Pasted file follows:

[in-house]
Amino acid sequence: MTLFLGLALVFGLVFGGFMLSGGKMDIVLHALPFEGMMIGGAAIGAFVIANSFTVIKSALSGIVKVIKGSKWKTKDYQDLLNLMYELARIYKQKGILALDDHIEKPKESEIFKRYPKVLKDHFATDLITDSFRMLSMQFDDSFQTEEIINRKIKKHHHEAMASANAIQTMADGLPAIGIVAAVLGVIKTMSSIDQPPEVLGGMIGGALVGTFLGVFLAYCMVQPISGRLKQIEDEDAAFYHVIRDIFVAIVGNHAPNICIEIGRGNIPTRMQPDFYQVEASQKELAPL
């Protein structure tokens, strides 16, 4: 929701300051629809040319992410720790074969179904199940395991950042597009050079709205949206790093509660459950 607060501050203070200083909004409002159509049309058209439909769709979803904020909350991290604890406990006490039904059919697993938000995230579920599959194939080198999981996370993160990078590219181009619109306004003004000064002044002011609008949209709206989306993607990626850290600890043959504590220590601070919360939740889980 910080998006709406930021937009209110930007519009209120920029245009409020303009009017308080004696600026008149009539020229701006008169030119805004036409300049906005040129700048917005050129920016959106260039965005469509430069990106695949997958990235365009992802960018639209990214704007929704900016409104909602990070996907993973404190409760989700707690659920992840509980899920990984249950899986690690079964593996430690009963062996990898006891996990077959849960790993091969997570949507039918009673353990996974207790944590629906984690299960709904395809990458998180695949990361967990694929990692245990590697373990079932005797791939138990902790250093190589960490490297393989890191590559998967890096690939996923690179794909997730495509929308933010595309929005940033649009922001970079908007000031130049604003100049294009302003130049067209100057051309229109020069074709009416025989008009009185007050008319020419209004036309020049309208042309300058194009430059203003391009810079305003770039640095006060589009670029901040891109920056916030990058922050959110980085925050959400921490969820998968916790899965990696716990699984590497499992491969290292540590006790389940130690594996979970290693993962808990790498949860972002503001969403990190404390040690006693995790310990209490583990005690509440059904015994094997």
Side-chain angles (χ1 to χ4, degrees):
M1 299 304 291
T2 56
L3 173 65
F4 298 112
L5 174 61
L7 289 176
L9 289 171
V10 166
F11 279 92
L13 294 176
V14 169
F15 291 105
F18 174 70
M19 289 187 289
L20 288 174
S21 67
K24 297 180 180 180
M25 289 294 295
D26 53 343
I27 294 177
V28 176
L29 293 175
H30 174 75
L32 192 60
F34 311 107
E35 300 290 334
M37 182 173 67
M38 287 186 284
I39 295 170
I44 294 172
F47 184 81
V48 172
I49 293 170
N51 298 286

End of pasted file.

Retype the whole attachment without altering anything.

[in-house]
Amino acid sequence: MTLFLGLALVFGLVFGGFMLSGGKMDIVLHALPFEGMMIGGAAIGAFVIANSFTVIKSALSGIVKVIKGSKWKTKDYQDLLNLMYELARIYKQKGILALDDHIEKPKESEIFKRYPKVLKDHFATDLITDSFRMLSMQFDDSFQTEEIINRKIKKHHHEAMASANAIQTMADGLPAIGIVAAVLGVIKTMSSIDQPPEVLGGMIGGALVGTFLGVFLAYCMVQPISGRLKQIEDEDAAFYHVIRDIFVAIVGNHAPNICIEIGRGNIPTRMQPDFYQVEASQKELAPL
């Protein structure tokens, strides 16, 4: 929701300051629809040319992410720790074969179904199940395991950042597009050079709205949206790093509660459950 607060501050203070200083909004409002159509049309058209439909769709979803904020909350991290604890406990006490039904059919697993938000995230579920599959194939080198999981996370993160990078590219181009619109306004003004000064002044002011609008949209709206989306993607990626850290600890043959504590220590601070919360939740889980 910080998006709406930021937009209110930007519009209120920029245009409020303009009017308080004696600026008149009539020229701006008169030119805004036409300049906005040129700048917005050129920016959106260039965005469509430069990106695949997958990235365009992802960018639209990214704007929704900016409104909602990070996907993973404190409760989700707690659920992840509980899920990984249950899986690690079964593996430690009963062996990898006891996990077959849960790993091969997570949507039918009673353990996974207790944590629906984690299960709904395809990458998180695949990361967990694929990692245990590697373990079932005797791939138990902790250093190589960490490297393989890191590559998967890096690939996923690179794909997730495509929308933010595309929005940033649009922001970079908007000031130049604003100049294009302003130049067209100057051309229109020069074709009416025989008009009185007050008319020419209004036309020049309208042309300058194009430059203003391009810079305003770039640095006060589009670029901040891109920056916030990058922050959110980085925050959400921490969820998968916790899965990696716990699984590497499992491969290292540590006790389940130690594996979970290693993962808990790498949860972002503001969403990190404390040690006693995790310990209490583990005690509440059904015994094997």
Side-chain angles (χ1 to χ4, degrees):
M1 299 304 291
T2 56
L3 173 65
F4 298 112
L5 174 61
L7 289 176
L9 289 171
V10 166
F11 279 92
L13 294 176
V14 169
F15 291 105
F18 174 70
M19 289 187 289
L20 288 174
S21 67
K24 297 180 180 180
M25 289 294 295
D26 53 343
I27 294 177
V28 176
L29 293 175
H30 174 75
L32 192 60
F34 311 107
E35 300 290 334
M37 182 173 67
M38 287 186 284
I39 295 170
I44 294 172
F47 184 81
V48 172
I49 293 170
N51 298 286